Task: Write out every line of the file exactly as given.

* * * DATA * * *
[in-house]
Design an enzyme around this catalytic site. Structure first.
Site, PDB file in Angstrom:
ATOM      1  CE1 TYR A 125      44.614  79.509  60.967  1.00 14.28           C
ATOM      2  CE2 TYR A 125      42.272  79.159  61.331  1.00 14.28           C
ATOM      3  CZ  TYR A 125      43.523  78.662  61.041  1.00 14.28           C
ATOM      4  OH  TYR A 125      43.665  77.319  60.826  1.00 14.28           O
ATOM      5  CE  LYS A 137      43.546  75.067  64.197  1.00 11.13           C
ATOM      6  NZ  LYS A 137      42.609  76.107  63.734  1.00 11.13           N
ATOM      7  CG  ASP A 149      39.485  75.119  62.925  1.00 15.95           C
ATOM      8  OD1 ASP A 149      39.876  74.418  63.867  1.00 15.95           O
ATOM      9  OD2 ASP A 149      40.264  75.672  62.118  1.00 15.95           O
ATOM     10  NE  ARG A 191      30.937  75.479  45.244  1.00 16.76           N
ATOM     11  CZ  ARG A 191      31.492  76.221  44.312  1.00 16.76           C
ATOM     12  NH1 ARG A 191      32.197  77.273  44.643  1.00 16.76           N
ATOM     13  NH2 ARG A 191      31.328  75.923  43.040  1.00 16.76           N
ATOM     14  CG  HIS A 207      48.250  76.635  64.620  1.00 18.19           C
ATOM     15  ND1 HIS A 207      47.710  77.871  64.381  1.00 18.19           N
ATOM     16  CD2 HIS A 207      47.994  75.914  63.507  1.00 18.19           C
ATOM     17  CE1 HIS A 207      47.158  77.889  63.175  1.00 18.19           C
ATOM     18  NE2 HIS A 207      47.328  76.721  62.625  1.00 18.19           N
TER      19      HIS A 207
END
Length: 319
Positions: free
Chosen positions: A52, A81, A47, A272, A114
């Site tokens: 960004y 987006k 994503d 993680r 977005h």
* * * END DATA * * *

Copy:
[in-house]
Design an enzyme around this catalytic site. Structure first.
Site, PDB file in Angstrom:
ATOM      1  CE1 TYR A 125      44.614  79.509  60.967  1.00 14.28           C
ATOM      2  CE2 TYR A 125      42.272  79.159  61.331  1.00 14.28           C
ATOM      3  CZ  TYR A 125      43.523  78.662  61.041  1.00 14.28           C
ATOM      4  OH  TYR A 125      43.665  77.319  60.826  1.00 14.28           O
ATOM      5  CE  LYS A 137      43.546  75.067  64.197  1.00 11.13           C
ATOM      6  NZ  LYS A 137      42.609  76.107  63.734  1.00 11.13           N
ATOM      7  CG  ASP A 149      39.485  75.119  62.925  1.00 15.95           C
ATOM      8  OD1 ASP A 149      39.876  74.418  63.867  1.00 15.95           O
ATOM      9  OD2 ASP A 149      40.264  75.672  62.118  1.00 15.95           O
ATOM     10  NE  ARG A 191      30.937  75.479  45.244  1.00 16.76           N
ATOM     11  CZ  ARG A 191      31.492  76.221  44.312  1.00 16.76           C
ATOM     12  NH1 ARG A 191      32.197  77.273  44.643  1.00 16.76           N
ATOM     13  NH2 ARG A 191      31.328  75.923  43.040  1.00 16.76           N
ATOM     14  CG  HIS A 207      48.250  76.635  64.620  1.00 18.19           C
ATOM     15  ND1 HIS A 207      47.710  77.871  64.381  1.00 18.19           N
ATOM     16  CD2 HIS A 207      47.994  75.914  63.507  1.00 18.19           C
ATOM     17  CE1 HIS A 207      47.158  77.889  63.175  1.00 18.19           C
ATOM     18  NE2 HIS A 207      47.328  76.721  62.625  1.00 18.19           N
TER      19      HIS A 207
END
Length: 319
Positions: free
Chosen positions: A52, A81, A47, A272, A114
């Site tokens: 960004y 987006k 994503d 993680r 977005h």